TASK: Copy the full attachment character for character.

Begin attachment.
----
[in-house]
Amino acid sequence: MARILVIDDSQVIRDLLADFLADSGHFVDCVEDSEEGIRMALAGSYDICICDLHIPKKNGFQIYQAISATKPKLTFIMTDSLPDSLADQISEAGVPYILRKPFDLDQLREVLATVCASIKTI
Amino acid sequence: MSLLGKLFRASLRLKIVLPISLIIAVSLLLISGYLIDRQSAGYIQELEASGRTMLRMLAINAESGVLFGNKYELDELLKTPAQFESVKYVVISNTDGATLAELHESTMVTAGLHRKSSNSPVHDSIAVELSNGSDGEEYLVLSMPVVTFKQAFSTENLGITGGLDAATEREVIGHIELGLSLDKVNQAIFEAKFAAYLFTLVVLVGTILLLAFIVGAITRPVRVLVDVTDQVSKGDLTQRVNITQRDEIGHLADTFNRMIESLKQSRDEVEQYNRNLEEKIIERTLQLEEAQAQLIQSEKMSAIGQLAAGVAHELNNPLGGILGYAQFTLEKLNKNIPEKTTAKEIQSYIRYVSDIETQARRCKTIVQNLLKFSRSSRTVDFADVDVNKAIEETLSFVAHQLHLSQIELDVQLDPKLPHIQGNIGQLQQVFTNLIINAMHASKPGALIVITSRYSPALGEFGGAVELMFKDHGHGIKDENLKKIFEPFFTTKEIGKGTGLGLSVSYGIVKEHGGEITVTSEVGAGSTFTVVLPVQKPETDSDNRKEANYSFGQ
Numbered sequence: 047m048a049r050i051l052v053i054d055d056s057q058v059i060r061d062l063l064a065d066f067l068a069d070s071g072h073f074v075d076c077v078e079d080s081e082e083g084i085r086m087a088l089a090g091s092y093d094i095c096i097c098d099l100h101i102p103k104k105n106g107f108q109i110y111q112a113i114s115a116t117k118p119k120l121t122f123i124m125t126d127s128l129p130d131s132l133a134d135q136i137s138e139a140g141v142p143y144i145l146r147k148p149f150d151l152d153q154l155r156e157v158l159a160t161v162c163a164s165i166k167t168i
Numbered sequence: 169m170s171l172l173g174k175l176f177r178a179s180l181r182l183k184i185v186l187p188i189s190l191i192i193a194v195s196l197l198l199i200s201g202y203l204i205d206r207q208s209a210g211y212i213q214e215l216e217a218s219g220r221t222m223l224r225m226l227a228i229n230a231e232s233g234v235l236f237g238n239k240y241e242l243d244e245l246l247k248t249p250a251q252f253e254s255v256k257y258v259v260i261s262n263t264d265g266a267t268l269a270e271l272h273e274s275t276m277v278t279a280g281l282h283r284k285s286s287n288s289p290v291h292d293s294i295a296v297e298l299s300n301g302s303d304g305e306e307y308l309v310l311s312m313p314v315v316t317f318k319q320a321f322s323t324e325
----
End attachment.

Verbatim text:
[in-house]
Amino acid sequence: MARILVIDDSQVIRDLLADFLADSGHFVDCVEDSEEGIRMALAGSYDICICDLHIPKKNGFQIYQAISATKPKLTFIMTDSLPDSLADQISEAGVPYILRKPFDLDQLREVLATVCASIKTI
Amino acid sequence: MSLLGKLFRASLRLKIVLPISLIIAVSLLLISGYLIDRQSAGYIQELEASGRTMLRMLAINAESGVLFGNKYELDELLKTPAQFESVKYVVISNTDGATLAELHESTMVTAGLHRKSSNSPVHDSIAVELSNGSDGEEYLVLSMPVVTFKQAFSTENLGITGGLDAATEREVIGHIELGLSLDKVNQAIFEAKFAAYLFTLVVLVGTILLLAFIVGAITRPVRVLVDVTDQVSKGDLTQRVNITQRDEIGHLADTFNRMIESLKQSRDEVEQYNRNLEEKIIERTLQLEEAQAQLIQSEKMSAIGQLAAGVAHELNNPLGGILGYAQFTLEKLNKNIPEKTTAKEIQSYIRYVSDIETQARRCKTIVQNLLKFSRSSRTVDFADVDVNKAIEETLSFVAHQLHLSQIELDVQLDPKLPHIQGNIGQLQQVFTNLIINAMHASKPGALIVITSRYSPALGEFGGAVELMFKDHGHGIKDENLKKIFEPFFTTKEIGKGTGLGLSVSYGIVKEHGGEITVTSEVGAGSTFTVVLPVQKPETDSDNRKEANYSFGQ
Numbered sequence: 047m048a049r050i051l052v053i054d055d056s057q058v059i060r061d062l063l064a065d066f067l068a069d070s071g072h073f074v075d076c077v078e079d080s081e082e083g084i085r086m087a088l089a090g091s092y093d094i095c096i097c098d099l100h101i102p103k104k105n106g107f108q109i110y111q112a113i114s115a116t117k118p119k120l121t122f123i124m125t126d127s128l129p130d131s132l133a134d135q136i137s138e139a140g141v142p143y144i145l146r147k148p149f150d151l152d153q154l155r156e157v158l159a160t161v162c163a164s165i166k167t168i
Numbered sequence: 169m170s171l172l173g174k175l176f177r178a179s180l181r182l183k184i185v186l187p188i189s190l191i192i193a194v195s196l197l198l199i200s201g202y203l204i205d206r207q208s209a210g211y212i213q214e215l216e217a218s219g220r221t222m223l224r225m226l227a228i229n230a231e232s233g234v235l236f237g238n239k240y241e242l243d244e245l246l247k248t249p250a251q252f253e254s255v256k257y258v259v260i261s262n263t264d265g266a267t268l269a270e271l272h273e274s275t276m277v278t279a280g281l282h283r284k285s286s287n288s289p290v291h292d293s294i295a296v297e298l299s300n301g302s303d304g305e306e307y308l309v310l311s312m313p314v315v316t317f318k319q320a321f322s323t324e325